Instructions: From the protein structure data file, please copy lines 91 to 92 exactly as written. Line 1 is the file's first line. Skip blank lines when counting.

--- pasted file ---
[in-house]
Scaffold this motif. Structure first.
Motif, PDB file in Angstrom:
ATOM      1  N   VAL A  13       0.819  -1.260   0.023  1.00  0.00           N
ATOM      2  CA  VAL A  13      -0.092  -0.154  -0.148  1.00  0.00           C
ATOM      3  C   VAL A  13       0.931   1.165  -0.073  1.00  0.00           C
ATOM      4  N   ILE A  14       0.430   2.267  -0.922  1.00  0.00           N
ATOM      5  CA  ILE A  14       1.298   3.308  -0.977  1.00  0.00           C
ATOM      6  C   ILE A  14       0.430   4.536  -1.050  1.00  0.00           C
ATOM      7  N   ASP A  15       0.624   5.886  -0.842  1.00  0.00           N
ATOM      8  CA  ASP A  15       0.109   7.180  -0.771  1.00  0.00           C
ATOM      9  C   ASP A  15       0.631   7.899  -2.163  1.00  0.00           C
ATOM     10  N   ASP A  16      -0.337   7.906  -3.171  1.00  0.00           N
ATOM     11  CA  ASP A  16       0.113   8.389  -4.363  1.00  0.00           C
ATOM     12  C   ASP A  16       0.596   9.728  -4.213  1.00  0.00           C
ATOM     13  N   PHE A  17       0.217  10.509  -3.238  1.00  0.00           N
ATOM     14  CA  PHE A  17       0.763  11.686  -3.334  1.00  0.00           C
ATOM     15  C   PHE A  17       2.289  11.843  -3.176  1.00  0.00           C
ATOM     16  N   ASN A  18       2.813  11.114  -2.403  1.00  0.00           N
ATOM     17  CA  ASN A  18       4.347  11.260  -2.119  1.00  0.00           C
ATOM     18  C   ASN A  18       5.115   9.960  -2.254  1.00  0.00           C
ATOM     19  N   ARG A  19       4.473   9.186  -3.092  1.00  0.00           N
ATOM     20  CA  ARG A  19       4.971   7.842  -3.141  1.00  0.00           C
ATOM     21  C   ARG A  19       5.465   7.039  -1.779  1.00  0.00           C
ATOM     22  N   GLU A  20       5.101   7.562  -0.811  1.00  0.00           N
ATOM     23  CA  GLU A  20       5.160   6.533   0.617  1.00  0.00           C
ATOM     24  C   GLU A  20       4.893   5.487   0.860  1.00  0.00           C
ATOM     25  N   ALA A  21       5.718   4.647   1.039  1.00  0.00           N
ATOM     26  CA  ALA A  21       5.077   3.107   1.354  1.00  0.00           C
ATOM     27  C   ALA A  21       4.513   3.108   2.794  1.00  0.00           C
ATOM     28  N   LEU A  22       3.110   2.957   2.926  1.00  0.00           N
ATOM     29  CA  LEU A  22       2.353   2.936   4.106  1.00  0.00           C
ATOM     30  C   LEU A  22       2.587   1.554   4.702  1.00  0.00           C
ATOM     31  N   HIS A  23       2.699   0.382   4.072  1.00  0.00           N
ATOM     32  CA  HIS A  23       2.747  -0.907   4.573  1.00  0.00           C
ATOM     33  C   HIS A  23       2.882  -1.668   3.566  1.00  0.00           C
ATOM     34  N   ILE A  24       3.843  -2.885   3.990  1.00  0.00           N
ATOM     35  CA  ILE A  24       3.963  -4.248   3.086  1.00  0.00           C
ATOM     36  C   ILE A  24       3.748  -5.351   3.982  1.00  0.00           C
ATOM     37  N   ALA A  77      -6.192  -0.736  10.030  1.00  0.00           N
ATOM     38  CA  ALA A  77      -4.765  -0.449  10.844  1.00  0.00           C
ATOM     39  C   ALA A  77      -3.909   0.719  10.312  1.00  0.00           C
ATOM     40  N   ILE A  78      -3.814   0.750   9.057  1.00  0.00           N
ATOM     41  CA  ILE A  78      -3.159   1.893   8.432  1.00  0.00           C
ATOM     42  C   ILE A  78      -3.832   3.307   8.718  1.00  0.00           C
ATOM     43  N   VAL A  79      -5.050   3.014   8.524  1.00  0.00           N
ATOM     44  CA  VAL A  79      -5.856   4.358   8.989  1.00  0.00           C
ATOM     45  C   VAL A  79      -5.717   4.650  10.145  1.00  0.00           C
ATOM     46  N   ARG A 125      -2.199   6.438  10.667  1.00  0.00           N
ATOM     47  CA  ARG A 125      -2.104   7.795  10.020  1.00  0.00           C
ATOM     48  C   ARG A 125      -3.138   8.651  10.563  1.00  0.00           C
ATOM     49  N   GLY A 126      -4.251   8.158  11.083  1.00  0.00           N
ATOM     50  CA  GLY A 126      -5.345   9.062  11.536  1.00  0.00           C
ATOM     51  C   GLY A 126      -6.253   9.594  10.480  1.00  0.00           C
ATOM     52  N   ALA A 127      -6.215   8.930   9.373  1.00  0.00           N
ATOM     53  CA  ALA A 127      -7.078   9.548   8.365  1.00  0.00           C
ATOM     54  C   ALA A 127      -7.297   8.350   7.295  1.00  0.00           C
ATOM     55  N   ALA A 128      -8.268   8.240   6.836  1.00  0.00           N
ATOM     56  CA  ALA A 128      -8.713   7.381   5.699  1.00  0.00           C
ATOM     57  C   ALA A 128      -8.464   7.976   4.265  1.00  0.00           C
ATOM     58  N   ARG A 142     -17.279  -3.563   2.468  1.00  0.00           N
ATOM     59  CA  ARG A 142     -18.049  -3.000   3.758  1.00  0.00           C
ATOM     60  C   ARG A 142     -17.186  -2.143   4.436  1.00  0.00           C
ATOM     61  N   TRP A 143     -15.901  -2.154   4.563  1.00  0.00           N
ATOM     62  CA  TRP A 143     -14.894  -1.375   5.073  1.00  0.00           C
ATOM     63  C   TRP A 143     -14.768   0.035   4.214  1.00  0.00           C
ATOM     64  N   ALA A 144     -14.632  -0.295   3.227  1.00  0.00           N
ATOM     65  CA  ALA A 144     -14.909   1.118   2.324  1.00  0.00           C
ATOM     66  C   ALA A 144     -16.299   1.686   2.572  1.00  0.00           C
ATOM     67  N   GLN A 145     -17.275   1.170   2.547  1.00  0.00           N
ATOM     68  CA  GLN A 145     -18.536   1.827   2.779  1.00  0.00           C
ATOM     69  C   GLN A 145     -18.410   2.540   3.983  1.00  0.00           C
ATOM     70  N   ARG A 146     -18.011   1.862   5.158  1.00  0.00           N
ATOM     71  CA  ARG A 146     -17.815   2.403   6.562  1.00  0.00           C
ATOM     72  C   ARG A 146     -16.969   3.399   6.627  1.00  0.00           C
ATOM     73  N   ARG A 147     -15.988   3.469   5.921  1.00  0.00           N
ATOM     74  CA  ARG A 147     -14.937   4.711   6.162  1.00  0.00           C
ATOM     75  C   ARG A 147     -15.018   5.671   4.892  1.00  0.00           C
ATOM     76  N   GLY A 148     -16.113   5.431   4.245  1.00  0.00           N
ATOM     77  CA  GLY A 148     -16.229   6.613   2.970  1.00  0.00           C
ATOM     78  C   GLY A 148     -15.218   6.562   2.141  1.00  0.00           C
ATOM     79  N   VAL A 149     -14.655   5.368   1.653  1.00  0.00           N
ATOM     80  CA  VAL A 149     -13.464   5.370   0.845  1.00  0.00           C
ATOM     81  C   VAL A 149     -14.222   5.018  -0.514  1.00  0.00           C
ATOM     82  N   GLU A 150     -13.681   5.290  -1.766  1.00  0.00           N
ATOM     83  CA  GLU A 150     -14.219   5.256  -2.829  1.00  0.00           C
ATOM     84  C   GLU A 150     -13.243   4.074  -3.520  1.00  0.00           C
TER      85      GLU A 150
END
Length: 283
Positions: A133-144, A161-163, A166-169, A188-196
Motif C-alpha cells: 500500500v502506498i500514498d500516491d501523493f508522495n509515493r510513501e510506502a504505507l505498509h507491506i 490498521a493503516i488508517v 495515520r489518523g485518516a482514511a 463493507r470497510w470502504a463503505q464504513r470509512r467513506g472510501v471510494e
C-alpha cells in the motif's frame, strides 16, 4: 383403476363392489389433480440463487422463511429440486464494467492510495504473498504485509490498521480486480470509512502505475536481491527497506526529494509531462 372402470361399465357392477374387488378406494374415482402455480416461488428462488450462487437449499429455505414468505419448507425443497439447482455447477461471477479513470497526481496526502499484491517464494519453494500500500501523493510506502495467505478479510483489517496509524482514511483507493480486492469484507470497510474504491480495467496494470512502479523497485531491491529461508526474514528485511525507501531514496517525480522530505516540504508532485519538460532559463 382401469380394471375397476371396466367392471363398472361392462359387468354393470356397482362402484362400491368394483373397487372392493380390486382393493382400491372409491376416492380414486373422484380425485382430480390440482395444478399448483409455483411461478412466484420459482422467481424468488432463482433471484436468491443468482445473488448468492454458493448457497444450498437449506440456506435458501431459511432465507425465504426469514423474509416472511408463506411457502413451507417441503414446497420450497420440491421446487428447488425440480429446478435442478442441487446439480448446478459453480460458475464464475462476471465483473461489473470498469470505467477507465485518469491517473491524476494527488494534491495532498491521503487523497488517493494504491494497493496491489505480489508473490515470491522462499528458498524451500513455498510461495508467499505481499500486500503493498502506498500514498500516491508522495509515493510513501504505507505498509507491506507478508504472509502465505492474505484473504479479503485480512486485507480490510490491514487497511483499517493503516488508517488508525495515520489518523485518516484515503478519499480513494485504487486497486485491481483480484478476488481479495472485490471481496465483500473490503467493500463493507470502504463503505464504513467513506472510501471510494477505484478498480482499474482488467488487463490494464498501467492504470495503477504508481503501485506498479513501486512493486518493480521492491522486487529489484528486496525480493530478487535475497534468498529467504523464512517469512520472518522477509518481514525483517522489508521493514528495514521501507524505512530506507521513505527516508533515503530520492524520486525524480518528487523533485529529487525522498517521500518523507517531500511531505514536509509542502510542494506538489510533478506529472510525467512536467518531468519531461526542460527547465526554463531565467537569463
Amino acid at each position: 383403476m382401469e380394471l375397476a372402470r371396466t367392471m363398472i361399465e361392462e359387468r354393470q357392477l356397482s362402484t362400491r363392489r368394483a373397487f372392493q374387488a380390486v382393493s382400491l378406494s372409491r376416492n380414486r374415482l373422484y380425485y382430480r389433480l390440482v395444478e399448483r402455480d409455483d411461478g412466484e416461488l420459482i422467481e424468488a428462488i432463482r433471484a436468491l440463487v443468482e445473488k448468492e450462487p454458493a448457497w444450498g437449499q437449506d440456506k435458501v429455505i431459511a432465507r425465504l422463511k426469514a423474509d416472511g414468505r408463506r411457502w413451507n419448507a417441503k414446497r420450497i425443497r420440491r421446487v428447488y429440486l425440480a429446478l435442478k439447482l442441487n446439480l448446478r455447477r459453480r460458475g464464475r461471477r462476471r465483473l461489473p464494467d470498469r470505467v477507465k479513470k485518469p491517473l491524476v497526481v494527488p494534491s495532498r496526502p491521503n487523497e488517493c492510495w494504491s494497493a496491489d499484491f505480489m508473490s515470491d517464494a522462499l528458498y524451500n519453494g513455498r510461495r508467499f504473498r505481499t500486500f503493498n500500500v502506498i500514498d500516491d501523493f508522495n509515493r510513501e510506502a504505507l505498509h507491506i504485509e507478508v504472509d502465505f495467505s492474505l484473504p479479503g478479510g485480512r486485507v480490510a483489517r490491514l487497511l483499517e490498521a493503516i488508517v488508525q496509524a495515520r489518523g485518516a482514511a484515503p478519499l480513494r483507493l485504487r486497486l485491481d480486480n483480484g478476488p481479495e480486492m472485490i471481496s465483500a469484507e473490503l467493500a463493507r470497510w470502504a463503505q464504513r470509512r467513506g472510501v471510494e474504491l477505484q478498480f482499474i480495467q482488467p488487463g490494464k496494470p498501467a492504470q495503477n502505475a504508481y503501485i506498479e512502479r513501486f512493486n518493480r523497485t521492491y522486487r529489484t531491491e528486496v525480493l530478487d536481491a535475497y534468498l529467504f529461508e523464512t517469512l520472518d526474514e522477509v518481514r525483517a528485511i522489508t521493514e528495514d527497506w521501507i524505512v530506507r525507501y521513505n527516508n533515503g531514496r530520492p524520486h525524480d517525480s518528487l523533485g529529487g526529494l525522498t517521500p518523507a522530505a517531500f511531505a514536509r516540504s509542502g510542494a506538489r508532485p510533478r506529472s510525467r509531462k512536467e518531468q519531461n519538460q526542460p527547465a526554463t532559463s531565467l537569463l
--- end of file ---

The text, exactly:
Positions: A133-144, A161-163, A166-169, A188-196
Motif C-alpha cells: 500500500v502506498i500514498d500516491d501523493f508522495n509515493r510513501e510506502a504505507l505498509h507491506i 490498521a493503516i488508517v 495515520r489518523g485518516a482514511a 463493507r470497510w470502504a463503505q464504513r470509512r467513506g472510501v471510494e